-       %   Element-wise difference. This is truthy if all values are nonzero
]         % End. A new iteration is run if top of the stack is truthy
=         % (The stack contains the computed sequence and a new term that has been
          % found to appears in that sequence) Element-wise equality comparison
P         % Reverse
f         % index of true value. Implicitly display
\$\endgroup\$
4
\$\begingroup\$

Jelly, 11 bytes

D*L$SƊƬ⁺€ṪL

Try it online!

D              Take the decimal digits
 *             to the power of
  L            the length of
   $           the list of decimal digits
    S          and sum them.
     Ɗ         For all that,
      Ƭ        iterate until a loop is reached collecting all intermediate results,
        €      then for each of the collected results
       ⁺       iterate again starting from there,
         Ṫ     take the results from the last result,
          L    and get the length of that.

Can be even shorter if we take input as a digit list:

Jelly, 10 bytes

*LSDƲƬ⁺€ṪL

Try it online!

\$\endgroup\$
4
\$\begingroup\$

Jelly, 11 bytes

Turns out I got the same as Unrelated String.

D*L$SƊƬ⁺€ṪL

A monadic Link accepting a positive integer which yields a positive integer.

Try it online!

How?

D*L$SƊƬ⁺€ṪL - Link: n
      Ƭ     - collect while distinct:
     Ɗ      -   last three links as a monad:
D           -     digits
   $        -     last two links as a monad:
  L         -       length
 *          -       exponentiate
    S       -     sum
        €   - for each:
       ⁺    -   repeat the last link (the collect-while-distinct, above)
         Ṫ  - tail (this will be a single loop)
          L - length
\$\endgroup\$
3
\$\begingroup\$

05AB1E, 15 bytes

Δ¤SDgmO©ªÙ}R®k>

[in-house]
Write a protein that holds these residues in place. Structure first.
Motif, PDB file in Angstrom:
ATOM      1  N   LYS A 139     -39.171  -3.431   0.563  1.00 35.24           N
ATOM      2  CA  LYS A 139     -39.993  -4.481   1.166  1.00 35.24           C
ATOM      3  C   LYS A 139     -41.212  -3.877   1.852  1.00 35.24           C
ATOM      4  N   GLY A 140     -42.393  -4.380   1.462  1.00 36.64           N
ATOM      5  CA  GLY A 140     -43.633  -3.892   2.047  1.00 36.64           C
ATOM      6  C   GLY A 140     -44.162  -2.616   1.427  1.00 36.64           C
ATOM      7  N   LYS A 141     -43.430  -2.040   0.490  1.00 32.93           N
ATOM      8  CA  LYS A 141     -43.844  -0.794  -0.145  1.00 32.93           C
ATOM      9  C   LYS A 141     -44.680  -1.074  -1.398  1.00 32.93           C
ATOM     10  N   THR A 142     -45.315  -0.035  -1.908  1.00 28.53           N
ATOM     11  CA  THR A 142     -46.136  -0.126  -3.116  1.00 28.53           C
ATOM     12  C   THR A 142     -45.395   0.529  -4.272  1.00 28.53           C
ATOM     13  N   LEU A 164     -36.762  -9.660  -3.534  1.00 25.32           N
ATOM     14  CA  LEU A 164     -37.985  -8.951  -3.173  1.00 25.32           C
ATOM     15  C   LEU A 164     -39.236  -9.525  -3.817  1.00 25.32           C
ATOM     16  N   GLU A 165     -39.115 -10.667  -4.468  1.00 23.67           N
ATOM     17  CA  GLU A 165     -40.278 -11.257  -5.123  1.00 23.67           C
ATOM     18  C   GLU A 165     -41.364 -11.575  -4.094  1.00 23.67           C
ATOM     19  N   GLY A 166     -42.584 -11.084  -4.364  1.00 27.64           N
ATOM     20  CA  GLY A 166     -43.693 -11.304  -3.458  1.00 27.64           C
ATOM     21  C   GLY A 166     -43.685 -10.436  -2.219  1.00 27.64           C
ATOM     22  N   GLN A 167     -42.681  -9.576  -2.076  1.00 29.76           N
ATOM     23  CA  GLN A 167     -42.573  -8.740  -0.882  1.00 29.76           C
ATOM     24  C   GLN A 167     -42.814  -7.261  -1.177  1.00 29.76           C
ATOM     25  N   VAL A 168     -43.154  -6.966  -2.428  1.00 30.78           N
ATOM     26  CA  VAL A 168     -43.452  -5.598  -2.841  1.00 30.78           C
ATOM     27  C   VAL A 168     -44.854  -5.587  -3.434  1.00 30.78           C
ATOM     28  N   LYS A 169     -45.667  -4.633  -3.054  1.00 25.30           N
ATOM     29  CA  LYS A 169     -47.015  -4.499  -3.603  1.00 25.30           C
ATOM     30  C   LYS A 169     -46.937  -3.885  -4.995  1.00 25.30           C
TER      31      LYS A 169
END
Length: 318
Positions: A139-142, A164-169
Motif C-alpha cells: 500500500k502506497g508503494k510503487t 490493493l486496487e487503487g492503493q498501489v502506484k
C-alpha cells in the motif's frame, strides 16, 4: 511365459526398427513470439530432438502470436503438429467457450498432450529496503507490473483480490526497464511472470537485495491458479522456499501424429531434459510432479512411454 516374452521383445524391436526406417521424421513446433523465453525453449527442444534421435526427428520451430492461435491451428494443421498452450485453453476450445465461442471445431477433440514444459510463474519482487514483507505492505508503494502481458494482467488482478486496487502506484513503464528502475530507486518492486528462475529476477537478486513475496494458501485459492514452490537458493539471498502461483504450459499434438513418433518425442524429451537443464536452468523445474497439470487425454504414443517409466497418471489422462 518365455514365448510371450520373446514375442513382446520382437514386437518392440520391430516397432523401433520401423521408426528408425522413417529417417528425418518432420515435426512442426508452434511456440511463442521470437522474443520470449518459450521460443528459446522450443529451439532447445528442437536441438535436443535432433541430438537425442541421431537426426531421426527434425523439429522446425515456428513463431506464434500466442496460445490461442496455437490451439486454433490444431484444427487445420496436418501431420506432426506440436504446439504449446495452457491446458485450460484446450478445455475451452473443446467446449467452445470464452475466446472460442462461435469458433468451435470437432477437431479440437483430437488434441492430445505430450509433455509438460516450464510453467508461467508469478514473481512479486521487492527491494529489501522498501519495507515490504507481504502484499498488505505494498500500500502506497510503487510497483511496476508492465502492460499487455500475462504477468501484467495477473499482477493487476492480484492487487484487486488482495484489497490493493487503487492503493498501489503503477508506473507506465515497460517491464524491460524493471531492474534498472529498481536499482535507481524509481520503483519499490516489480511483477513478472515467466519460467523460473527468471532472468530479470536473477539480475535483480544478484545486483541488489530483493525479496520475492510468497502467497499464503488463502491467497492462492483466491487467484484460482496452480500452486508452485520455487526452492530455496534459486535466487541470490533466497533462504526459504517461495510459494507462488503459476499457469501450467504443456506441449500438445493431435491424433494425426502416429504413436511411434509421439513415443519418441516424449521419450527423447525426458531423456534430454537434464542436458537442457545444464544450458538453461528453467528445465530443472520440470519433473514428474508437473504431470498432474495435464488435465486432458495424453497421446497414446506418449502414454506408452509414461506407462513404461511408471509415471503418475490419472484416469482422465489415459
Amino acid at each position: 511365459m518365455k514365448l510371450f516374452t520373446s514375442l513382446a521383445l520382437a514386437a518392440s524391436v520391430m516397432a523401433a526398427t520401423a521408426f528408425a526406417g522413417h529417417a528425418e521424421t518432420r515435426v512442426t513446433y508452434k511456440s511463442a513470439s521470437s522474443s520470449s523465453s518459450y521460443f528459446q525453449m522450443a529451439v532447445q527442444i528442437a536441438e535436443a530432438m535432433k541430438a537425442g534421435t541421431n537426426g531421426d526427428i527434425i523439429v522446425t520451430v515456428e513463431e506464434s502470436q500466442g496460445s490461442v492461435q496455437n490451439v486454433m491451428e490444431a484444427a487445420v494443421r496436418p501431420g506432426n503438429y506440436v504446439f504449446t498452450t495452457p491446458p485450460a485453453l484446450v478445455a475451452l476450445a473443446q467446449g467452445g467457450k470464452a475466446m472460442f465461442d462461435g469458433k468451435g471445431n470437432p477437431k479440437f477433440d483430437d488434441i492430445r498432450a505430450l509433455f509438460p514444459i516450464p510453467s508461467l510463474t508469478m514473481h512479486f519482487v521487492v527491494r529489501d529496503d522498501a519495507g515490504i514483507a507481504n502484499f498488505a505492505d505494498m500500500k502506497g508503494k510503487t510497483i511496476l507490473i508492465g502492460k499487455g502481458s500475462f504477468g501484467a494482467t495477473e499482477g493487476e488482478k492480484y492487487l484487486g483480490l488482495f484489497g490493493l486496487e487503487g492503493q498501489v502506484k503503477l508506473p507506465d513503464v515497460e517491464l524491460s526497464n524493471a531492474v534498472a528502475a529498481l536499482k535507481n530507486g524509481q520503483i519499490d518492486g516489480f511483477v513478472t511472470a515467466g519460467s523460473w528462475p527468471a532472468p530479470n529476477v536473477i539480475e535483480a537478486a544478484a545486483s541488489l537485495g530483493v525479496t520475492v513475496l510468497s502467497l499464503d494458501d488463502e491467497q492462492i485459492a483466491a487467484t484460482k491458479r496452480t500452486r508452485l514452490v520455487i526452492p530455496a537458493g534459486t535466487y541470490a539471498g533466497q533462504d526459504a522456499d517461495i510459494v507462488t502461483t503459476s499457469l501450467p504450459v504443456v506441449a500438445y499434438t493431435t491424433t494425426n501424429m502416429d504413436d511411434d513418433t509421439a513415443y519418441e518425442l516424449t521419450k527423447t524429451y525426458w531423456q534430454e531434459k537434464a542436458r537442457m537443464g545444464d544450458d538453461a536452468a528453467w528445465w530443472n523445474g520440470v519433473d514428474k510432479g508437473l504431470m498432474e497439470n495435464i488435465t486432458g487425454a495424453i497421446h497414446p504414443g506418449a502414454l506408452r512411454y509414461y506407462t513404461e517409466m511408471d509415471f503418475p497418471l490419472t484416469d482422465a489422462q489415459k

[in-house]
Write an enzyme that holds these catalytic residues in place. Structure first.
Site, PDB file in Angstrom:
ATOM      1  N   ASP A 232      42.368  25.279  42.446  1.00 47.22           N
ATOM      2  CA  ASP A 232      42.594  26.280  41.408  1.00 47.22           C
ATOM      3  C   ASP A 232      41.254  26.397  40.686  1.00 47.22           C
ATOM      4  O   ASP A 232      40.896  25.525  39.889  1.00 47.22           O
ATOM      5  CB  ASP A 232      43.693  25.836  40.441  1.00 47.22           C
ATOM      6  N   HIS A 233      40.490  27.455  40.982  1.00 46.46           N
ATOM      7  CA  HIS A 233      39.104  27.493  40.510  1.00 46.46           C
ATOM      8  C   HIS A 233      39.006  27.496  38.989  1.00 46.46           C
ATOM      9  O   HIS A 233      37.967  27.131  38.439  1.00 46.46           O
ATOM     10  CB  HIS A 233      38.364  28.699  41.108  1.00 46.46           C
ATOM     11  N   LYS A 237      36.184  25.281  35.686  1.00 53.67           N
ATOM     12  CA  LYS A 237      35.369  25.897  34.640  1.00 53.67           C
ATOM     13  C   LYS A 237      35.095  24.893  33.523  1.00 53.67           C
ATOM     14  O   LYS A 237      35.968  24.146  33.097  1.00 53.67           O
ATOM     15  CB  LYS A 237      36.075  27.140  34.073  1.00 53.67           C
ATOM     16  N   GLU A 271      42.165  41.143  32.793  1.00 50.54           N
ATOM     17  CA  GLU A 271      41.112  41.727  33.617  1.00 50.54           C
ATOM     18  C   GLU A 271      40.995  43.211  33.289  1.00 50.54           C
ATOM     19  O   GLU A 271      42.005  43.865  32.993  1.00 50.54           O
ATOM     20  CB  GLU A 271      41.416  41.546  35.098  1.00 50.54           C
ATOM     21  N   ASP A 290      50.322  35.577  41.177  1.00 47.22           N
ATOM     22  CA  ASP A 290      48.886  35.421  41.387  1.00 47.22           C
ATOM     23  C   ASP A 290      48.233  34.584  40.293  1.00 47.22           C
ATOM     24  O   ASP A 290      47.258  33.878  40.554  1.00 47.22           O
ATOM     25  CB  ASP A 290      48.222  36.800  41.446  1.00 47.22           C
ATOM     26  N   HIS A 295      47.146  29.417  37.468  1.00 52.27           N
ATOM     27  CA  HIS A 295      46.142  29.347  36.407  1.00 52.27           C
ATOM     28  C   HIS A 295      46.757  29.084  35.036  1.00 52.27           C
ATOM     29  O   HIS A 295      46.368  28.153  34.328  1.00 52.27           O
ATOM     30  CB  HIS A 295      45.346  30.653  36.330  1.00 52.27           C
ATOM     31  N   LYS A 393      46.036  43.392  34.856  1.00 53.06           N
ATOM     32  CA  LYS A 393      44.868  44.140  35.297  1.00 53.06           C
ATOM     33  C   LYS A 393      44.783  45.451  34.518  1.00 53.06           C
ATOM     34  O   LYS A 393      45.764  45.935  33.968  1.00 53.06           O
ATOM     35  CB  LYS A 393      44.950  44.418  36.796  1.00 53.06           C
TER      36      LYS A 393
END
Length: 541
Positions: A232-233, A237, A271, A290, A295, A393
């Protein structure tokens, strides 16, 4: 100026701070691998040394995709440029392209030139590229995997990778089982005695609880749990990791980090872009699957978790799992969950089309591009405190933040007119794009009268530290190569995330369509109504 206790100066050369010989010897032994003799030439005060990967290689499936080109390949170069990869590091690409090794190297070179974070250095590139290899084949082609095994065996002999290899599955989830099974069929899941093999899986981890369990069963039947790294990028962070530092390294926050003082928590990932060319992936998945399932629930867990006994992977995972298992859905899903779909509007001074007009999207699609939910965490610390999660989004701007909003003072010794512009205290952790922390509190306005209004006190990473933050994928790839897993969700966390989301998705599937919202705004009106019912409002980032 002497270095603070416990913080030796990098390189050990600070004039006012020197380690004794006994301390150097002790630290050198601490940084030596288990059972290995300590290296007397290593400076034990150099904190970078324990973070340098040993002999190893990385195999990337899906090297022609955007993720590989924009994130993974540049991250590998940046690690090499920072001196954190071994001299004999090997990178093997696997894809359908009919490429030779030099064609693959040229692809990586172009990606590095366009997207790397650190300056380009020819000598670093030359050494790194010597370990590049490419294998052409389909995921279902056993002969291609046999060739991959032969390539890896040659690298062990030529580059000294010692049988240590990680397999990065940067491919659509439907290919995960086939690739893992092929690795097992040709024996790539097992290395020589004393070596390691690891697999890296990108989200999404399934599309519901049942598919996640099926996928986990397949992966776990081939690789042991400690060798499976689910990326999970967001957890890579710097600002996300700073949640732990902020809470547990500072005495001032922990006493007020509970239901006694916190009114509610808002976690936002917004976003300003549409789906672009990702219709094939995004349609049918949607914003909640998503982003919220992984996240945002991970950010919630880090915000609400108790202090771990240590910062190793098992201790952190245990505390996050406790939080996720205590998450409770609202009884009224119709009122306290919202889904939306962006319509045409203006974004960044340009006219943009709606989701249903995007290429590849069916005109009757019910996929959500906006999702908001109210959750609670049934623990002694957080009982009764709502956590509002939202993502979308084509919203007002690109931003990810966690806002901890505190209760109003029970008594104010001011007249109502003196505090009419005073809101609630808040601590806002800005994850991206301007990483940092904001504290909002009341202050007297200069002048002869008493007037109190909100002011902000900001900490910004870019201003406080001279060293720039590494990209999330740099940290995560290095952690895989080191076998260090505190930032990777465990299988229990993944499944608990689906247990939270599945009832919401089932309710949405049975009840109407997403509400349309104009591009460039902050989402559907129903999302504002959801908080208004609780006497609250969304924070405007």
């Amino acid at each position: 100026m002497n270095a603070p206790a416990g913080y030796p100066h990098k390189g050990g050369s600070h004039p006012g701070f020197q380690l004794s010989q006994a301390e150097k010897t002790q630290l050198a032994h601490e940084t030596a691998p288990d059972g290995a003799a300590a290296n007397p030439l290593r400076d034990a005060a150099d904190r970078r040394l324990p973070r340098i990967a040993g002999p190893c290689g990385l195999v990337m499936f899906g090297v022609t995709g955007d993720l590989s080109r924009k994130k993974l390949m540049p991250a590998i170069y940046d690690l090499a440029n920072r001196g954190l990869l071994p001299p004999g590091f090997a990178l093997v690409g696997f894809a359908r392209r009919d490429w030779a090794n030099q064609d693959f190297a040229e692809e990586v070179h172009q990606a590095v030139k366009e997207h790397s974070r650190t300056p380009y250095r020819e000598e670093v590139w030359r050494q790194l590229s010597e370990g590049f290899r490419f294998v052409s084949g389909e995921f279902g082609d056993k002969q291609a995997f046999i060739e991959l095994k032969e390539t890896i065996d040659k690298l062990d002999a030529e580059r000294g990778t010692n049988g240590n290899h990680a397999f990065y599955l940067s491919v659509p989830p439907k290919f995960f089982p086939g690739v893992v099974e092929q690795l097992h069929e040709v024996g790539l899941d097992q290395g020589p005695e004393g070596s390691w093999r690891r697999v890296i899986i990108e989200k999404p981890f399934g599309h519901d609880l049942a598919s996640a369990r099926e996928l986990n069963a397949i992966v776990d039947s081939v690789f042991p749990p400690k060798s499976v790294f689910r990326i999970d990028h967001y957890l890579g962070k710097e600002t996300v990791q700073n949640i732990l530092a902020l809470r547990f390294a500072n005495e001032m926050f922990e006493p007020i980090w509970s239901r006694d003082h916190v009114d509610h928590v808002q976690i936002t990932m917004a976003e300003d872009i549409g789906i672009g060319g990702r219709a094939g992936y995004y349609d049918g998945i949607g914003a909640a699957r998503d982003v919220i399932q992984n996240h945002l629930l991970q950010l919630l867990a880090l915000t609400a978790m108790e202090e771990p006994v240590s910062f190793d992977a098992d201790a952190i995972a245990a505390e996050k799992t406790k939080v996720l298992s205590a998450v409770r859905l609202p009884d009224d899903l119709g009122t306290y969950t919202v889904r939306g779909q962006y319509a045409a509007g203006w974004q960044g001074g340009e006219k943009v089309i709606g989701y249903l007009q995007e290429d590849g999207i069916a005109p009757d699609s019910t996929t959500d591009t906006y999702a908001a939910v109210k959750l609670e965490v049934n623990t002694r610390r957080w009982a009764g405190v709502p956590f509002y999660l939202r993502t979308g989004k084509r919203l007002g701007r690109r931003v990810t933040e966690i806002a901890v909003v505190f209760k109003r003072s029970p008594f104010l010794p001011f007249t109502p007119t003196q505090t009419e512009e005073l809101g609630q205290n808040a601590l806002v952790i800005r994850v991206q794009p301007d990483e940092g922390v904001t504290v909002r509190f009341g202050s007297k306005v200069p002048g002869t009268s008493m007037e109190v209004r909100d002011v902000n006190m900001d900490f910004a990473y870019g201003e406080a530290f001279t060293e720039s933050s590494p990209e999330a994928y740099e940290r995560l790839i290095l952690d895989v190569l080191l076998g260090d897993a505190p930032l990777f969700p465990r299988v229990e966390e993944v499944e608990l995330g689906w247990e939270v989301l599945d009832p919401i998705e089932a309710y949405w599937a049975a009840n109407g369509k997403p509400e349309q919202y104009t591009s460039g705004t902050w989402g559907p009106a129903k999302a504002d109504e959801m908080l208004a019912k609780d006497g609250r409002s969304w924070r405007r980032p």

Try it online!

Takes input as a singleton list containing the integer.

A different approach that comes in at 16 bytes:

λSDgmO}ηíεćk}Ù¥н

Try it online!

Commented:

Δ¤SDgmO©ªÙ}R®k>   # implicit input: [x]
Δ         }       # run until the output does not change:
 ¤                #   take the last integer from the list
  S               #   split into digits
   D              #   duplicate
    g             #   take the length of the copy
     m            #   take each digit to the power of the length
      O           #   sum all powers
       ©          #   store this value in the register
        ª         #   and append it to the list
         Ù        #   uniquify the list
                  #   the loop only stops if Ù removed the new element,
                  #   which only happens if it was in the list already
           R      # reverse the (unique) list
            ®     # take the last computed value
             k    # find the 0-based index in the list
              >   # and increment it


λSDgmO}ηíεćk}Ù¥н  # implicit input: x
λ     }           # recursively apply the code to the input
                  #   to generate an infinite list
 SDgmO            # same as above
       η          # take the prefixes
        í         # reverse each prefix
         ε  }     # map over the reversed prefixed
          ć       #   extract the first element 
           k      #   find its index in the remaining prefix
                  #   this returns -1 if the prefix was unique
                  # this results in [-1, ..., -1, res-1, res-1, ...]
             Ù    # uniquify => [-1, res-1]
                  # while this list is finite, 05ab1e does not know this
              ¥   # take the differences => [(res-1) - (-1)] = [res]
               н  # take the first element => res
\$\endgroup\$
3
\$\begingroup\$

APL (dzaima/APL), 30 29 bytes

{1⊃⍸⌽(⊢/=⊢){+/(⊢*≢)10⊤⍵}⍡⍵⊢⍵}

Try it online!

-1 byte using ⎕IO←0.

Since the length of the cycle never exceeds \$n\$, we can loop n times instead of finding a fixed point, then calculate the length of the cycle.

Explanation

{⊃⍸1↓⌽(⊢/=⊢){+/(⊢*≢)10⊤⍵}⍡⍵⊢⍵}
                          ⊢⍵  input integer n
            {          }⍡⍵    apply the following n times, collecting intermediate results: